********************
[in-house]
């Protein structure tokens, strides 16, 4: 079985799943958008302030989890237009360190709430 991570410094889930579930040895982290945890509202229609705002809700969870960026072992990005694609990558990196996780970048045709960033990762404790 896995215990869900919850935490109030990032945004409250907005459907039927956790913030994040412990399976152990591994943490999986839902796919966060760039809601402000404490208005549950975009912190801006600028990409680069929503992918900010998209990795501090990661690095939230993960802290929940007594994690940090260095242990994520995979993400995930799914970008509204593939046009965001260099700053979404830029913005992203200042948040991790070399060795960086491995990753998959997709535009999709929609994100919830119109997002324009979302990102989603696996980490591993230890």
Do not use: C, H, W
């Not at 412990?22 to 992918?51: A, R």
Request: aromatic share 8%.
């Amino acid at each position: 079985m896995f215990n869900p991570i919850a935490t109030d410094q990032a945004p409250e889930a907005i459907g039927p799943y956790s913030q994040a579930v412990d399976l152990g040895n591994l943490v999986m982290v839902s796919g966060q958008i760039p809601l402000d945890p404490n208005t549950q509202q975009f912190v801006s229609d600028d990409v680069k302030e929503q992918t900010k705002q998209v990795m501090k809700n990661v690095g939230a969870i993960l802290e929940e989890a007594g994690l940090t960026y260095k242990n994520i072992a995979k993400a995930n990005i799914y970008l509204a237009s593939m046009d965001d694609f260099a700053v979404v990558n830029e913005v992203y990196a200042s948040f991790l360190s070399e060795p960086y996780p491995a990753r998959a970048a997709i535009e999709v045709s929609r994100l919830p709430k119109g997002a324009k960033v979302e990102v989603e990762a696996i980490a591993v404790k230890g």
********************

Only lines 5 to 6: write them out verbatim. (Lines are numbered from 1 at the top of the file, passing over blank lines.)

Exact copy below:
Request: aromatic share 8%.
């Amino acid at each position: 079985m896995f215990n869900p991570i919850a935490t109030d410094q990032a945004p409250e889930a907005i459907g039927p799943y956790s913030q994040a579930v412990d399976l152990g040895n591994l943490v999986m982290v839902s796919g966060q958008i760039p809601l402000d945890p404490n208005t549950q509202q975009f912190v801006s229609d600028d990409v680069k302030e929503q992918t900010k705002q998209v990795m501090k809700n990661v690095g939230a969870i993960l802290e929940e989890a007594g994690l940090t960026y260095k242990n994520i072992a995979k993400a995930n990005i799914y970008l509204a237009s593939m046009d965001d694609f260099a700053v979404v990558n830029e913005v992203y990196a200042s948040f991790l360190s070399e060795p960086y996780p491995a990753r998959a970048a997709i535009e999709v045709s929609r994100l919830p709430k119109g997002a324009k960033v979302e990102v989603e990762a696996i980490a591993v404790k230890g």